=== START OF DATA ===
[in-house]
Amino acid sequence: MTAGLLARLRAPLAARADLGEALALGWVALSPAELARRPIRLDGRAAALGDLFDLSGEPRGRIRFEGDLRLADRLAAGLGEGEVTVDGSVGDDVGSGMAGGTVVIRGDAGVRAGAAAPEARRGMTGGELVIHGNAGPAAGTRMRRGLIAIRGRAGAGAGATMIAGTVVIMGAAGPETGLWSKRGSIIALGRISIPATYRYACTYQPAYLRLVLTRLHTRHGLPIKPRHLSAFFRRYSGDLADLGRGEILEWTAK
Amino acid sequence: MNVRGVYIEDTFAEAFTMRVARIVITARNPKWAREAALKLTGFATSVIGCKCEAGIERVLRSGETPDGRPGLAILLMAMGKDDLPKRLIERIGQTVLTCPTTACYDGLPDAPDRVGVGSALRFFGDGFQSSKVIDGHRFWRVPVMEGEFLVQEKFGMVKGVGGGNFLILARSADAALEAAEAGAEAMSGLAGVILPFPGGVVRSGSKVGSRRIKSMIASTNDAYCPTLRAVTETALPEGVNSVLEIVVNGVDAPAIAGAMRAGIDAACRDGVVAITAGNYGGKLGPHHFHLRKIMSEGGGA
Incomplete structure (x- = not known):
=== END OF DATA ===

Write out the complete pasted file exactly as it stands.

[in-house]
Amino acid sequence: MTAGLLARLRAPLAARADLGEALALGWVALSPAELARRPIRLDGRAAALGDLFDLSGEPRGRIRFEGDLRLADRLAAGLGEGEVTVDGSVGDDVGSGMAGGTVVIRGDAGVRAGAAAPEARRGMTGGELVIHGNAGPAAGTRMRRGLIAIRGRAGAGAGATMIAGTVVIMGAAGPETGLWSKRGSIIALGRISIPATYRYACTYQPAYLRLVLTRLHTRHGLPIKPRHLSAFFRRYSGDLADLGRGEILEWTAK
Amino acid sequence: MNVRGVYIEDTFAEAFTMRVARIVITARNPKWAREAALKLTGFATSVIGCKCEAGIERVLRSGETPDGRPGLAILLMAMGKDDLPKRLIERIGQTVLTCPTTACYDGLPDAPDRVGVGSALRFFGDGFQSSKVIDGHRFWRVPVMEGEFLVQEKFGMVKGVGGGNFLILARSADAALEAAEAGAEAMSGLAGVILPFPGGVVRSGSKVGSRRIKSMIASTNDAYCPTLRAVTETALPEGVNSVLEIVVNGVDAPAIAGAMRAGIDAACRDGVVAITAGNYGGKLGPHHFHLRKIMSEGGGA
Incomplete structure (x- = not known):